It does. But I have to think about it a bit before it really sinks in. -- AnonymousDonor

Actually, it makes me think of something... Russell derived 'number' from sets of sets, Church derived 'number' from powers of recursive functions, Conway derives 'number' from 2-person positional games. We don't understand this simple thing called 'number', so we derive it from something we clearly can't have a clue about??? -- AlistairCockburn

This is very common in mathematics, as you noticed. Cayley's Theorem in GroupTheory? says that all groups are isomorphic to a group of permutations. This sounds very cool and very powerful until you realize this just means we don't know very much about permutation groups.

I think the hope is that by getting insights into any one of these derivations, we can gain insights into the others. -- GrahamHughes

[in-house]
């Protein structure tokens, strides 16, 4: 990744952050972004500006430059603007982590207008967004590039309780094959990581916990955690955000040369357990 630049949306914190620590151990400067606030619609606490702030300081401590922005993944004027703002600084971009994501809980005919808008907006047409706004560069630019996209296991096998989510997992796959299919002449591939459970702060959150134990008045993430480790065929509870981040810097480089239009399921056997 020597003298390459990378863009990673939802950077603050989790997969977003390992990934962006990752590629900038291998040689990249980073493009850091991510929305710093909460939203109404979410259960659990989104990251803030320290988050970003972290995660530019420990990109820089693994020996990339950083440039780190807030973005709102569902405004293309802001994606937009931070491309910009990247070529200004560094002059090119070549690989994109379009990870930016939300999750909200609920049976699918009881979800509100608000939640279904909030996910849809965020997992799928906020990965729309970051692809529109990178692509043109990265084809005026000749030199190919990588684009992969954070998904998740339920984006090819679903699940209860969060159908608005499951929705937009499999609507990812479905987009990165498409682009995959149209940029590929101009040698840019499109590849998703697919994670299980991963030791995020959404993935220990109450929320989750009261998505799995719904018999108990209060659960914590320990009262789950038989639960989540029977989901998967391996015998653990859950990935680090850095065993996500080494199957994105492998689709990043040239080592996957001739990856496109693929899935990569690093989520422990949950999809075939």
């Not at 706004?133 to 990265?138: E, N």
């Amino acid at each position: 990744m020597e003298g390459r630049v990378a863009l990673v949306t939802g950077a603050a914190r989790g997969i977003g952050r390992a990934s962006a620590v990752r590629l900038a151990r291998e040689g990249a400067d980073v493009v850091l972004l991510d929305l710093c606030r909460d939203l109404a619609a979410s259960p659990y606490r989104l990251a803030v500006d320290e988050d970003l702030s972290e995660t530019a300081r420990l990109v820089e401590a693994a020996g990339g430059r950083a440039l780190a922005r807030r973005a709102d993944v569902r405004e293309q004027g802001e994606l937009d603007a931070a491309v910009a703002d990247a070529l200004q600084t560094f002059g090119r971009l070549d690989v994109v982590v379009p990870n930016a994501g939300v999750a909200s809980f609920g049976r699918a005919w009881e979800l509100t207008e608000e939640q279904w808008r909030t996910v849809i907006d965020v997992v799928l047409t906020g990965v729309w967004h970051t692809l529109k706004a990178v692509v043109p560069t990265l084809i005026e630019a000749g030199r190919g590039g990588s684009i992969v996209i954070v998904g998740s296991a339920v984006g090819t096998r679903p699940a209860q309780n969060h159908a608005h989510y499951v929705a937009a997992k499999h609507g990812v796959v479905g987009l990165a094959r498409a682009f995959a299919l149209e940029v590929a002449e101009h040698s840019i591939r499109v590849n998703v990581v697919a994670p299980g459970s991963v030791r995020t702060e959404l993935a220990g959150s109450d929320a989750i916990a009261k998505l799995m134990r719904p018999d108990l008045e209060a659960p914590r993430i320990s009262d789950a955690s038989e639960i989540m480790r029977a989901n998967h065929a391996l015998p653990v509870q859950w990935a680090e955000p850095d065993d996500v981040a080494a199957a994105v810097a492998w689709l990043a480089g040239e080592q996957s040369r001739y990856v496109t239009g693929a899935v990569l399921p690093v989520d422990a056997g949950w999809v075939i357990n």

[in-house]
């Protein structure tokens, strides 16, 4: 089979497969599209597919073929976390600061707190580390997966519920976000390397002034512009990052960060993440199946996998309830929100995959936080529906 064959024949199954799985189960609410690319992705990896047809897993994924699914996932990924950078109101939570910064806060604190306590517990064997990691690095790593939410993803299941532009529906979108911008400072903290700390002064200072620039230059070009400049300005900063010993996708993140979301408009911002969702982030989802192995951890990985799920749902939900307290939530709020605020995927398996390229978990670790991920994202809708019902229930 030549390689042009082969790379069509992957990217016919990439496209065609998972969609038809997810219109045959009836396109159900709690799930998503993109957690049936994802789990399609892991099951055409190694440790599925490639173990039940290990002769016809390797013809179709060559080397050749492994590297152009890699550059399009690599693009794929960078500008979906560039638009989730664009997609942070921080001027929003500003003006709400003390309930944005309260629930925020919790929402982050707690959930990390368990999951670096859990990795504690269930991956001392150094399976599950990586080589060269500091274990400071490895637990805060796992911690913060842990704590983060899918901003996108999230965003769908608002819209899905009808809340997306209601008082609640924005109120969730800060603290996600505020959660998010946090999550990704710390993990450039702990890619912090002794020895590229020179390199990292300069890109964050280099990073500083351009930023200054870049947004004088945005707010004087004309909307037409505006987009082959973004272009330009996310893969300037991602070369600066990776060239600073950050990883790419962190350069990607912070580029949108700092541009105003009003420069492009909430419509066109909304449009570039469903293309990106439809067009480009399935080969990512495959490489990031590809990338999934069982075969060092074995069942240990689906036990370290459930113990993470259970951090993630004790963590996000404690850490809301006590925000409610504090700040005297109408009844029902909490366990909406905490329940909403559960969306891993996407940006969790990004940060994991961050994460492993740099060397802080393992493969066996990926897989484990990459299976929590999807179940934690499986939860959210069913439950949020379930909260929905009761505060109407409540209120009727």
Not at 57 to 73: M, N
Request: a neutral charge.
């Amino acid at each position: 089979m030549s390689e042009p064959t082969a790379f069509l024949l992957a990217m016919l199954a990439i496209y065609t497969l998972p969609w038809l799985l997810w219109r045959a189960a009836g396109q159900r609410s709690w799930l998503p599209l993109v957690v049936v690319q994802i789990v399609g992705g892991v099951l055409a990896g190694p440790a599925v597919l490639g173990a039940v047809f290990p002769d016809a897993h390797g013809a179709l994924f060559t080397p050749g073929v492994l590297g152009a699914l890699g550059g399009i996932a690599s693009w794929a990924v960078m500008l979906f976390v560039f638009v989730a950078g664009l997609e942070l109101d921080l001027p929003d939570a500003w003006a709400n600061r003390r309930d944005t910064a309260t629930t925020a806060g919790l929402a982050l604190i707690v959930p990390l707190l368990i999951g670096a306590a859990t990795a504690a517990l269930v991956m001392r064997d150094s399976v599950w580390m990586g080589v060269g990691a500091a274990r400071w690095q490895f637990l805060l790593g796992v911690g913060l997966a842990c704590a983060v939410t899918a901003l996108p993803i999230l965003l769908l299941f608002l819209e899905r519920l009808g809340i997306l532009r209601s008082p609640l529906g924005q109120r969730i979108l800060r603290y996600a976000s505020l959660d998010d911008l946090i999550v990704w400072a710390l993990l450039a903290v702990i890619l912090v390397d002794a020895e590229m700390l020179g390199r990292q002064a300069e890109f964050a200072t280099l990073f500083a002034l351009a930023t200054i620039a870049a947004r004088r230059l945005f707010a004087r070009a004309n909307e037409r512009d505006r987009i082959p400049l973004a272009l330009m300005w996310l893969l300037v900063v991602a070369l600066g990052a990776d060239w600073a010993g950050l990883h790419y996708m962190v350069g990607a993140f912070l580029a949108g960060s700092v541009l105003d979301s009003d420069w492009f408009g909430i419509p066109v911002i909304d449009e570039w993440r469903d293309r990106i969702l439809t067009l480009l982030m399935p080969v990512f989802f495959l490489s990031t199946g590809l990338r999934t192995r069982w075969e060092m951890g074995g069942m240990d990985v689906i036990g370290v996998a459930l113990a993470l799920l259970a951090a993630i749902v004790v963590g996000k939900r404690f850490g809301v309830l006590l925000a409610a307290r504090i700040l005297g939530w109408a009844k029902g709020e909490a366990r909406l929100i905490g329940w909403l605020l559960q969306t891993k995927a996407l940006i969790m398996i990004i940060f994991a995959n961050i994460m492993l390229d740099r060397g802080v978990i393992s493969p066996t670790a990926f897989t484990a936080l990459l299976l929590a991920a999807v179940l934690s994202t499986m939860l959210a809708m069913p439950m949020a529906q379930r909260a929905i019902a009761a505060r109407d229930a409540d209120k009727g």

It's also a more interesting version of nonstandard analysis. In Abraham Robinson's formulation of nonstandard analysis, he uses the fact that (in first-order logic), the axiom system for the real numbers R cannot have a unique model; there must be others. He constructs the non-standard real numbers *R (the * should be a superscript, but oh well) by adjoining an infinite number he calls c. Why isn't this a contradiction? Because, in this model, c is not really part of the language of the model; the only theorems and proofs in the model cannot use c in their statements. It's strange; I spent some of my undergraduate career wrapping myself around this.

Conway's SurrealNumbers are a more natural construction of a nonstandard analysis. Actually, the definitions of multiplication and division don't seem very natural, but you can't have everything. -- EricJablow


For the curious, there is a Perl implementation of SurrealNumbers at http://www.perlmonks.org/index.pl?node_id=49110 (created so that Yet Another program to compute 2+2 could be written). Translations into other languages are invited.
CategoryMath